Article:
Garden for Wildlife: Certified Wildlife Habitats
The Association of Northwest Steelheaders is teaming up with National Wildlife Federation’s Garden for Wildlife program to transform backyards, school grounds, places of worship, businesses, and community spaces into Certified Wildlife Habitats across Oregon. Since 1973, the Garden for Wildlife program has been empowering people to transform their piece of earth, whether large or small, urban or rural, into habitat for local pollinators, birds, and other wildlife. Together we recognize that every habitat garden is a step toward replenishing resources for wildlife locally and throughout Oregon’s forests and watersheds. The Northwest Steelheaders love to fish, but we also want to protect the resource long into the future. Strong salmon and steelhead runs depend on cold, clean water that flows through healthy forests. And because anglers spend a lot of time on the rivers; we see the adverse effects of pollution, runoff, and high water temperatures on salmon health. Creating habitats and planting native species in our yards and community areas has positive effects downstream by preventing soil erosion and reducing runoff into our watersheds. Everything runs to the river!
What is a Certified Wildlife Habitat?
A certified wildlife habitat uses sustainable gardening practices to provide food, water, cover, places to raise young for local wildlife. There are over 3,000 Certified Wildlife Habitats in Oregon and growing!
A portion of your $20 application processing fee supports the Association of Northwest Steelheaders and the National Wildlife Federation’s programs to inspire others to make a difference and address declining habitat for bees, butterflies, birds, amphibians and other wildlife downstream like salmon. The fee is waived for schools Pre-K to Grade 12. We encourage you to purchase and proudly display a Certified Wildlife Habitat sign with the Association of Northwest Steelheaders logo to inspire your friends, family, and neighbors to create their own Garden for Wildlife.
Creating your Wildlife Habitat
To certify, habitat must provide food, water, cover, and places to raise young while using sustainable gardening practices. There is an easy checklist to use to see what your yard already provides for wildlife. If you are ready to certify, you can do so online or download the brochure application to mail it in.
Food: Plant native plants to provide food sources throughout the four seasons for small animals like birds, pollinators, and squirrels. Supplement when needed.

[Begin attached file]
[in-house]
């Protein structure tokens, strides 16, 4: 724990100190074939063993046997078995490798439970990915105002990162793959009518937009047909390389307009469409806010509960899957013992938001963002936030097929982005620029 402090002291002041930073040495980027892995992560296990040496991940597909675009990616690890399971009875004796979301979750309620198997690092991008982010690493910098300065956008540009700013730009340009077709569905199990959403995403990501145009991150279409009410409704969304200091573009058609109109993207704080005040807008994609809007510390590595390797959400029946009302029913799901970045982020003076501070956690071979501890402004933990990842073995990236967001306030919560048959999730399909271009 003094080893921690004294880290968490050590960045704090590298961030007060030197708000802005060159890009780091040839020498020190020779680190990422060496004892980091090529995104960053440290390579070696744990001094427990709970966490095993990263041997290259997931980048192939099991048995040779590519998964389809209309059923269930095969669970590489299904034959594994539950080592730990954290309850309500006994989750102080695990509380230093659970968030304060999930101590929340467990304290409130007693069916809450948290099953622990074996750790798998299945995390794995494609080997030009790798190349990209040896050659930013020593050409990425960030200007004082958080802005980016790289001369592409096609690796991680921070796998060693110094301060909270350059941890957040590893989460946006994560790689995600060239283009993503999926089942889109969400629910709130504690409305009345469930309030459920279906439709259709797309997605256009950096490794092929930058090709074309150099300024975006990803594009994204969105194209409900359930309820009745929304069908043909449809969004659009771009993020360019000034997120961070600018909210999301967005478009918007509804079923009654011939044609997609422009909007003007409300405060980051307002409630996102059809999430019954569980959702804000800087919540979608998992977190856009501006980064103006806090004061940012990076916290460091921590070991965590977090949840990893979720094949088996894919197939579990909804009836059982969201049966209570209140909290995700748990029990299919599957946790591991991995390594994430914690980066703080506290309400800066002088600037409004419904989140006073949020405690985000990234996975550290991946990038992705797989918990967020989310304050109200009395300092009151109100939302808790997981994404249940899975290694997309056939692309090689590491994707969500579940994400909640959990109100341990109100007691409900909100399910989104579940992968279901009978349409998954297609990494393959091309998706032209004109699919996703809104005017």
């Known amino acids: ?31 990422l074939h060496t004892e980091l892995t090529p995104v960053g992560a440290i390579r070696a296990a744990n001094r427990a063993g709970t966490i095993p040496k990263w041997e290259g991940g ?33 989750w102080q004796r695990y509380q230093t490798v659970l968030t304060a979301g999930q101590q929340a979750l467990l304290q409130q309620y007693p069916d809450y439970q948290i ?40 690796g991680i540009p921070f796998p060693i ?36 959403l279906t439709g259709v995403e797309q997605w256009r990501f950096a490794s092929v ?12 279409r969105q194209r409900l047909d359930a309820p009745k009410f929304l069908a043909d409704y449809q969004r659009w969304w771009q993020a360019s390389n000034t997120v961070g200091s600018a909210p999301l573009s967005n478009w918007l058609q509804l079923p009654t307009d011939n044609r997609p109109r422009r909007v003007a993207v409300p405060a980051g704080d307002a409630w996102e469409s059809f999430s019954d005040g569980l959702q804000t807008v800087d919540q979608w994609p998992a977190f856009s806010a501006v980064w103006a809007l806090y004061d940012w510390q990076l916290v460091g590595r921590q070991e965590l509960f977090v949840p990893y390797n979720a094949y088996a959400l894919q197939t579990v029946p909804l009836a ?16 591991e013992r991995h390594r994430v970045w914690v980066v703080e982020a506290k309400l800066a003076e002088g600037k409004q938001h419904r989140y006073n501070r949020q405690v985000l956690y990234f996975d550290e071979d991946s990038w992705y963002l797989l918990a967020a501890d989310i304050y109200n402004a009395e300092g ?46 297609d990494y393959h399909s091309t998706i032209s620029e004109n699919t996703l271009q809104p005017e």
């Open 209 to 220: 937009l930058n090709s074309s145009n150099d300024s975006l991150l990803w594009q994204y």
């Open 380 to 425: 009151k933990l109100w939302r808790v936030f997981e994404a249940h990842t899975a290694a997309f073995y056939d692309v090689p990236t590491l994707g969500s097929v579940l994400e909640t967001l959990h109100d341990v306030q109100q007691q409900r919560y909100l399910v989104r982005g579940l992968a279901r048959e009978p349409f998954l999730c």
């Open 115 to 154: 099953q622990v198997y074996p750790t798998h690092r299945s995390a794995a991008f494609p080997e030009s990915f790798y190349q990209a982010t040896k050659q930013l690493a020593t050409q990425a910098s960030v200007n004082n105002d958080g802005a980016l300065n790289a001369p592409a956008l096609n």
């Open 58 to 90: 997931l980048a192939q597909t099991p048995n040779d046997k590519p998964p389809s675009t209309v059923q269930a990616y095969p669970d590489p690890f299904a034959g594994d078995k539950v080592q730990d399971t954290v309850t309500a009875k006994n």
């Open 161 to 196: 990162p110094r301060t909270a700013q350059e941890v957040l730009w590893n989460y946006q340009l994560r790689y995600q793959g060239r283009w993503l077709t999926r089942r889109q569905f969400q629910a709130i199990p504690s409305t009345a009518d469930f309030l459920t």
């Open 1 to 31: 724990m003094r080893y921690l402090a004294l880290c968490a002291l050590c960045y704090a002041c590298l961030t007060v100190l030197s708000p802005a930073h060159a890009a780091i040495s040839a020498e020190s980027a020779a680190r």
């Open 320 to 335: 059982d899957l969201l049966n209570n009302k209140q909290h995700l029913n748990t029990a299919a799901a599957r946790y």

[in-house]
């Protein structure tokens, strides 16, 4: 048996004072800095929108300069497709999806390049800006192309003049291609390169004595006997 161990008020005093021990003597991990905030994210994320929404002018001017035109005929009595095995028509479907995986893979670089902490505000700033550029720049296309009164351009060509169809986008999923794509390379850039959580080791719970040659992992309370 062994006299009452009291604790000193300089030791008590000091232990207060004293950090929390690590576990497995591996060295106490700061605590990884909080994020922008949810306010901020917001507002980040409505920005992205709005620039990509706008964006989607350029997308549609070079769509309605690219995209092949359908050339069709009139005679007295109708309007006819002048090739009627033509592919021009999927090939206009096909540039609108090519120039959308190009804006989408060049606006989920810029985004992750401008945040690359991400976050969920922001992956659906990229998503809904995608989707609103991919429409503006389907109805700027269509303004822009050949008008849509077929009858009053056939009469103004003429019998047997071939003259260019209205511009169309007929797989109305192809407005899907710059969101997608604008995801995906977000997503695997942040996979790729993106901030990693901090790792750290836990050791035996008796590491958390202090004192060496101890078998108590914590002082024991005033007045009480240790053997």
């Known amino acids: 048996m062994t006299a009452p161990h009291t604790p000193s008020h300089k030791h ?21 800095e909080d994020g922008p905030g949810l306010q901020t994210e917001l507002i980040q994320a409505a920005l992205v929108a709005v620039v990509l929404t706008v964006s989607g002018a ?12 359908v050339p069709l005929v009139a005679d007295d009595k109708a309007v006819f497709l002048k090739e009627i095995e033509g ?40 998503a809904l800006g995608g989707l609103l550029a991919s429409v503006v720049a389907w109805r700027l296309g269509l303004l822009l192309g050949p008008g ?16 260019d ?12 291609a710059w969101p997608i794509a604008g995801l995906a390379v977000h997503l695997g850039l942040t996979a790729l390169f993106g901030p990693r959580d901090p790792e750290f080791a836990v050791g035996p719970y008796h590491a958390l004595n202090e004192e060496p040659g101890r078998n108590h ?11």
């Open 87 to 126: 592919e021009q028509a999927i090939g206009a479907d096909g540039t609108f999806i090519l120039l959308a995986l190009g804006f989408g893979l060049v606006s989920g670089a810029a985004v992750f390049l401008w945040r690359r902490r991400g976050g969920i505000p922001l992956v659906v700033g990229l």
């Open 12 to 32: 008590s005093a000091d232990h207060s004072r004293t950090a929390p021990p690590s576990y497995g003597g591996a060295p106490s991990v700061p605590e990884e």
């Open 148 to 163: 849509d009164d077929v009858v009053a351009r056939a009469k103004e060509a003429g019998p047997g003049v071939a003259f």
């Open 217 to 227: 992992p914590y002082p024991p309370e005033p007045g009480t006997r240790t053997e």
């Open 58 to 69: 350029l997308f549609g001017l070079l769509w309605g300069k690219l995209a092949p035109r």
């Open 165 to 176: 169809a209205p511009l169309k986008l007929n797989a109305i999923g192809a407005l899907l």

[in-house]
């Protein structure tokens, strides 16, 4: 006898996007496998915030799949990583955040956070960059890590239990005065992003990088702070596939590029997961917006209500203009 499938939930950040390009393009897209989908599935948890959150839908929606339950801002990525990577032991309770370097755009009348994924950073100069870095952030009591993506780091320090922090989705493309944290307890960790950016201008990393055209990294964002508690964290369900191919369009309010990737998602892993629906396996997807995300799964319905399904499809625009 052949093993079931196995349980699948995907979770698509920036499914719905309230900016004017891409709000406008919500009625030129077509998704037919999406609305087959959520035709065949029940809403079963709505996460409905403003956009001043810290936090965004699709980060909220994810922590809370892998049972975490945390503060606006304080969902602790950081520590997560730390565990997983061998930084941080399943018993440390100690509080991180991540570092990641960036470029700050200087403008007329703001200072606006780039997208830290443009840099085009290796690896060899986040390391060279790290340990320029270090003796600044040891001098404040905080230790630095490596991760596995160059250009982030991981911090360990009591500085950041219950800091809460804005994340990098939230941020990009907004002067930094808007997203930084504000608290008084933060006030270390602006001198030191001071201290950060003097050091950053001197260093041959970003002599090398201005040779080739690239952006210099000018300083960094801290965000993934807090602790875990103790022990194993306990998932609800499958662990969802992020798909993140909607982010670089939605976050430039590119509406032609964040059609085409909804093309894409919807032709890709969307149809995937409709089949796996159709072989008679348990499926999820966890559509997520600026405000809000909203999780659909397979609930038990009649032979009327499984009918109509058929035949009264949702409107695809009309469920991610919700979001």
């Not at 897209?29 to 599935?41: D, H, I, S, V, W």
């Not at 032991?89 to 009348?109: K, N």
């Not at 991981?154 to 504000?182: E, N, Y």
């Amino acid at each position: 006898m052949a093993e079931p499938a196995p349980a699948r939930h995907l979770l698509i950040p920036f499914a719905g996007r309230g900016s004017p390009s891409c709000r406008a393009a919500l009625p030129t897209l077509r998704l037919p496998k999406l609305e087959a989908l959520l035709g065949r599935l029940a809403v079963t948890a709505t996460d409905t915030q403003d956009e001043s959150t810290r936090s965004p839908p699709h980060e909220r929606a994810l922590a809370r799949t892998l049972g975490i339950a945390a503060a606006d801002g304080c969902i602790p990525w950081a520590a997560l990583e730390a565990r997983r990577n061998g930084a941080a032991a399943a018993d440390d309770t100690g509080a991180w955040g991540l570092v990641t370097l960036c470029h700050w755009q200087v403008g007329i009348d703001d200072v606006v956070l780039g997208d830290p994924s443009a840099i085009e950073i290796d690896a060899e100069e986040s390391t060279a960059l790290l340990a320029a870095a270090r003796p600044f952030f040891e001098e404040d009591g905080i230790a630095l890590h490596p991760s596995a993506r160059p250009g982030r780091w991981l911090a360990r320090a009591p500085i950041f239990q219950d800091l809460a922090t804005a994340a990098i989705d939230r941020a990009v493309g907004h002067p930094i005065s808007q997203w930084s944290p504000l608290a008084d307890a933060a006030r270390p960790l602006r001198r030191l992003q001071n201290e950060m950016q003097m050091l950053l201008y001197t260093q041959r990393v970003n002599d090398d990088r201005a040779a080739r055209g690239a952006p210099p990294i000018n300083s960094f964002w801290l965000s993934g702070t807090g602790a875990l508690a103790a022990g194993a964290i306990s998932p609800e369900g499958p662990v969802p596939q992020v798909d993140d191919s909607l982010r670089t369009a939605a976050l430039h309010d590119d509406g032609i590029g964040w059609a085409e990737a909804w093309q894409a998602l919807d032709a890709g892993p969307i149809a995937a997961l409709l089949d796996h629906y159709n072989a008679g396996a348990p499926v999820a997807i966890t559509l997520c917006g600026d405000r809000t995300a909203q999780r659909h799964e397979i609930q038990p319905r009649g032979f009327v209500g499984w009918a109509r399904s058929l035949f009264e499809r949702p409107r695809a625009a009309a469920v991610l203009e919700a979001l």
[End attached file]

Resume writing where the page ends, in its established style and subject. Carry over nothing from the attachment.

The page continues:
Water: All animals need water to survive and some need it for bathing or breeding.
Cover: Wildlife need places to find shelter from bad weather and to hide from predators.
Places to Raise Young: Wildlife use secure places to raise their young, such as nests for birds, nooks and crannies in rocks, and brush piles.
Sustainable Practices: The things you do in your home, garage, and yard can affect the health of the soil, air, water, and habitat.
Does your space already provide these elements in your wildlife garden? Certify your garden today!
If you are creating a new garden, design it with wildlife in mind! Get more information on creating your habitat garden at National Wildlife Federation’s Garden for Wildlife website.
How to Protect Birds in Your Backyard – Audubon Society
Living With Wildlife – Oregon Department of Fish & Wildlife
Native Plants of the Willamette Valley – Metro Regional Government
Invasive Plants of the Portland Area – East Multnomah Soil & Water Conservation District
Bosky Dell Natives – A native plant nursery in West Linn
Audubon Society Annual Native Plant Sale – Portland Audubon Society
List of local sources of native plants – Clean Water Services
Water Conservation Tips – East Multnomah Soil & Water Conservation District
Guide to Oregon’s Forest Wildlife – Oregon State University Extension Services
Salmon Friendly Garden – Snohomish County
Streamside landowners – East Multnomah Soil & Water Conservation District
Backyard Habitat Certification Program – Portland Audubon Society
Ash Creek Forest Management – Forestry and habitat design firm
Parting with Pesticides – Clackamas River Basin Council
Guide to Priority Plant and Animal Species in Oregon Forests – The Oregon Forest Research Institute
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